News from our Engagement for people with albinism

Sometimes change happens slowly, sometimes it can just take a few days. But always it depends on people who decide to make a difference.

Thanks to my colleagues at Boehringer Ingelheim and the money they donated. And thanks to Chris, our social worker and Making More Health partner on the ground.

For sure, we cannot change the whole world, but we can do so much for individuals who suffer and while doing so making the world a better one. It does not even take a lot.

Daily challenges of a woman with albinism

Only a few weeks back I met her the first time. That’s when I knew about her daily challenges as a single mother with albinism who had no idea on how to feed her children, on how to avoid that strangers entered her home in the night and raped her based on a superstition that sex with a person with albinism can heal AIDS, how to repair a licking roof and house which seems to scroll down soon. No idea on how to get a chance and a little bit of hope that one day things could get better.

“Most of the days me and my children eat what is left on the roads where people do markets. Often I try to resell a few tomatoes or vegetable people give me. Then I gain 20 or 30 KES…,” she says.

A life without hope and dignity – only because of a genetic condition that says you are born with no melanin. A condition that just requires good sun protection and some glasses. A condition based on one recessive gene that if it is combined through both sex only, can lead to a baby with albinism. White colour. And change again in next generation. Black colour.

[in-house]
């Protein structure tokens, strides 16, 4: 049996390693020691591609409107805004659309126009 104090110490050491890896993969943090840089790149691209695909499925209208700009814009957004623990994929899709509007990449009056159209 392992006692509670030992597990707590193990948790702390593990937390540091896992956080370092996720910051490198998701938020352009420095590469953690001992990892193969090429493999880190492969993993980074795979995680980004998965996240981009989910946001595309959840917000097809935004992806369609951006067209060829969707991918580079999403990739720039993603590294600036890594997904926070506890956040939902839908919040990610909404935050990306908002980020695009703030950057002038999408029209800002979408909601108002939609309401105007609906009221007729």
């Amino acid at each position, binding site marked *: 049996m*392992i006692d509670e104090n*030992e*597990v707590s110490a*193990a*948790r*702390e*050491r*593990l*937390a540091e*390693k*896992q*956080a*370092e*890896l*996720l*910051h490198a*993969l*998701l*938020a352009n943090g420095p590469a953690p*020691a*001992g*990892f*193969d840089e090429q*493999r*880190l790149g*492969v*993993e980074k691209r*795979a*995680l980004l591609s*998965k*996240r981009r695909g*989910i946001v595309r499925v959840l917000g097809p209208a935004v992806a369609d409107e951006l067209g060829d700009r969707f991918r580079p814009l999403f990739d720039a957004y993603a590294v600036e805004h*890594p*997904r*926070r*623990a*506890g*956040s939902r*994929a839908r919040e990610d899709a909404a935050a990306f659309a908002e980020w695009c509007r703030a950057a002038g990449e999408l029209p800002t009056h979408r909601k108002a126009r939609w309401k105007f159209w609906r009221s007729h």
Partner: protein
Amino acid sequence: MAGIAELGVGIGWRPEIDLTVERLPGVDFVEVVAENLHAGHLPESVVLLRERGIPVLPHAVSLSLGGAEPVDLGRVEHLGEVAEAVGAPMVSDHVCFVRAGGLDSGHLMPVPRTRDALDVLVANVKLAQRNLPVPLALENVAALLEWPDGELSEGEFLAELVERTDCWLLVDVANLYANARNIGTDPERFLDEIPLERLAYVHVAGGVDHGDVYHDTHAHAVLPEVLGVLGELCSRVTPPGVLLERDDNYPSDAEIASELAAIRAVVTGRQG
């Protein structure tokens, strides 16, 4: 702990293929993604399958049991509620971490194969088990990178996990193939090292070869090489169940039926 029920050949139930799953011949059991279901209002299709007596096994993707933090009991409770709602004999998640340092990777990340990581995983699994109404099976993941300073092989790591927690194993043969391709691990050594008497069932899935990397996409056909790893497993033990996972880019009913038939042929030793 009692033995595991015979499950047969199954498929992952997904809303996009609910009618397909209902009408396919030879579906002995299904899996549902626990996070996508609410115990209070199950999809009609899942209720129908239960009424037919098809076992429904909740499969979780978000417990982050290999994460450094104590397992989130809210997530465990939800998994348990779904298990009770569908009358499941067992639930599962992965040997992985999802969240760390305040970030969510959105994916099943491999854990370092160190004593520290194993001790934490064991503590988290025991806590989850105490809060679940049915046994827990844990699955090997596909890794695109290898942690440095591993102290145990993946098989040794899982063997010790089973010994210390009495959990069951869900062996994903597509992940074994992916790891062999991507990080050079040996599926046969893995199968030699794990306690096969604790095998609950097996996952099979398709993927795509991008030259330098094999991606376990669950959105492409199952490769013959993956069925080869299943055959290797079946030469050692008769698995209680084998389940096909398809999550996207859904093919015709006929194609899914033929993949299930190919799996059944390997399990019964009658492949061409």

But many people in Africa don’t know. Often families accuse the women to be responsible for a “white” child. They ban people with albinism from society, hurt and abandon them, kill them.

A life story

“She was born out of wedlock, and she was rejected by the parents. She was brought up by the uncles who kept tossing her around. Only taken to school up to class 8. She was using brail because she is partially blind. She has being hosted by a good Samaritan who has opted to give her shelter with her 3 kids. She has no land, and her to school going children are under the mercy of the church.That door is not lockable hence the abuse she gets from strangers who rape her at night. Hence all the kids,their fathers are not known as they are strangers from town. Food and other basics are a big problem… , explains Chris, our local partner and social worker on the ground.

There is no but – there is just the decision you take to help or not

With the very active support and help of Chris who runs now regular meetings with her and other people with albinism, with the involvement of the governmental social welfare officer and with some small amount / donation money from my colleagues at Boehringer Ingelheim today it looks differently.

It took two weeks to set this up. Or better some hours in the last two weeks to talk and understand, to bring the people together, to collect the money. Nothing really big for us. Easy in terms of making concrete change happen. But it needs people who care. People who do it.

Sure, there is still a long way to go. But there is hope.

She can live now with her three children in a decent small house. Lockable. And dry. There is some food. And the enormous willingness in this family to become self- sustainable:

“We will try with a small poultry farm. This will guarantee our daily food soon. And the payment of the rent. We will also learn together with some other people with albinism on how to produce something. Tailoring. Bead making. Other ideas. So that we have a second income source. My kids should have a better life…”, she says and smiles.

Related content:

First steps to support people with Albinism in Webuye

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